Parliamentary initiative

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In Switzerland, a parliamentary initiative is a parliamentary initiative in which a member of the Council, a parliamentary group or a parliamentary commission can submit an independent proposal for a law or a constitutional amendment or a similar legislative decree. The parliamentary initiative contains an elaborated draft of such a decree or at least outlines the main features. It is the strongest type of parliamentary approach, even stronger than the Motion . With the parliamentary initiative, the parliament becomes legislative directly , without the government “intervening”. Taking a parliamentary initiative is a very powerful instrument that tends to be critical of the government. Developing a parliamentary initiative requires more effort than using other types of parliamentary initiative. Both chambers of the federal councils , most cantonal parliaments and some local parliaments are familiar with the instrument of parliamentary initiative .

In principle, this right of proposal is on the same level as both the Federal Council's right to make proposals and the cantons' right to make proposals ( professional initiative ).

A parliamentary initiative goes through a two-stage process in the federal councils. First of all, the responsible parliamentary commissions of both councils examine whether the proposal should be followed. It is checked whether there is a need for regulation and whether the approach based on the parliamentary initiative is appropriate. If an initiative is followed up, the responsible committee of the council in which the initiative was submitted prepares a template and submits it to the plenary.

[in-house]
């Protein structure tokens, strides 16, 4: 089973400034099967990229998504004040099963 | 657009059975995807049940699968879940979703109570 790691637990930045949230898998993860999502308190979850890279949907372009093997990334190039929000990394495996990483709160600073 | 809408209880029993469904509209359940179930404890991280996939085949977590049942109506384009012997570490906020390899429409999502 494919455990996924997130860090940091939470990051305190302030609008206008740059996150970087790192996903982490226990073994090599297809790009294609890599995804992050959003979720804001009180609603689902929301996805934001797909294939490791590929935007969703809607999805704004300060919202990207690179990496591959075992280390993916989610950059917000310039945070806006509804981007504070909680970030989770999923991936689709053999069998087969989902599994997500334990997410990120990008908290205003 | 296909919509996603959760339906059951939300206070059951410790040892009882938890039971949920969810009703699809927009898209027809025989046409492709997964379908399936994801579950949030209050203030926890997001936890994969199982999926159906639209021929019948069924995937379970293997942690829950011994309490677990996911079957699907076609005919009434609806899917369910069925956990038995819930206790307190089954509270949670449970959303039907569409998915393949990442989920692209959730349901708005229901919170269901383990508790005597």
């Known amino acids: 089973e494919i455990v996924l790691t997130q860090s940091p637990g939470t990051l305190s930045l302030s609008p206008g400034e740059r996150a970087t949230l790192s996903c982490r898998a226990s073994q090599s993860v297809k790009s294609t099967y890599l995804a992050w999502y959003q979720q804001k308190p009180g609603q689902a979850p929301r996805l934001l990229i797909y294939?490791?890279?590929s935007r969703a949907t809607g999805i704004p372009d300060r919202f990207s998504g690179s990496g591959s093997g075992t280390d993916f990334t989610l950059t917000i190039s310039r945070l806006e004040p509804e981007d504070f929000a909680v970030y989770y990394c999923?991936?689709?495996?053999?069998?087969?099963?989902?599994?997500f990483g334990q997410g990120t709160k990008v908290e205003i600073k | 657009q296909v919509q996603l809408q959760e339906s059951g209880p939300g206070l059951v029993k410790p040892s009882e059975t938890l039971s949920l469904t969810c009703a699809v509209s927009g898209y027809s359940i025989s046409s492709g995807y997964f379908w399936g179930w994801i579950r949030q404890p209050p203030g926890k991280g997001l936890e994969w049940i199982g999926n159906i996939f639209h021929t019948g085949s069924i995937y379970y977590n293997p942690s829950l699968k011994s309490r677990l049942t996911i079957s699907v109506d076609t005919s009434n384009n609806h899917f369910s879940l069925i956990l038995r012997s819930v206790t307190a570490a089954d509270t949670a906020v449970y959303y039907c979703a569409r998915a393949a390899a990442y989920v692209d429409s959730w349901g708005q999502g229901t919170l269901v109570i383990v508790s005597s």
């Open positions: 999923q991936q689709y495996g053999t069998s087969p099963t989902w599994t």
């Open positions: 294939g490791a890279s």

The parliamentary initiative is excluded if a proposal has already been submitted on the same subject; then the matter can be submitted to the council with a motion. This right is partly found in cantonal legal systems.


Historically, this institute of Swiss legislation can be traced back to the draft constitution of the 1830s. For a long time, however, the councils did not actually make use of it at all. Its rediscovery goes back to the so-called " Mirage scandal ". After this matter had been investigated by a joint commission of the National Council and the Council of States (“Mirage” working group; today called the Parliamentary Commission of Inquiry into the PUK), the Federal Council asked the Federal Council to submit a message and draft of a federal law on administrative procedures within a year. The then Federal President Ludwig von Moos declared in 1964 at the meeting of the National Council in which the report of the commission was discussed that the government was not in a position to meet this deadline. As a result, the Zurich National Councilor Walter König ( Landesring der Independentigen ) submitted the preliminary draft of such a law, drawn up about 15 years earlier by Prof. Max Imboden, as a parliamentary initiative, based on the then Article 93 of the Federal Constitution. The move resulted in the Federal Council precisely adhering to the deadline. As a result, the Federal Parliamentary Initiative's institute developed into a tried and tested means of overcoming the government's resistance to legislation by inviting both councils directly to legislate.

See also


  • Parliamentary law and parliamentary practice of the Swiss Federal Assembly: Commentary on the Parliamentary Act (ParlG) of December 13, 2002 / ed. by Martin Graf, Cornelia Theler, Moritz von Wyss; Scientific staff: Nicole Schwager; Scientific Advisory Board: Wolf Linder, Georg Müller, René Rhinow. Basel: Helbing & Lichtenhahn, cop. 2014. XXXI, 1184 pp.; ISBN 978-3719029753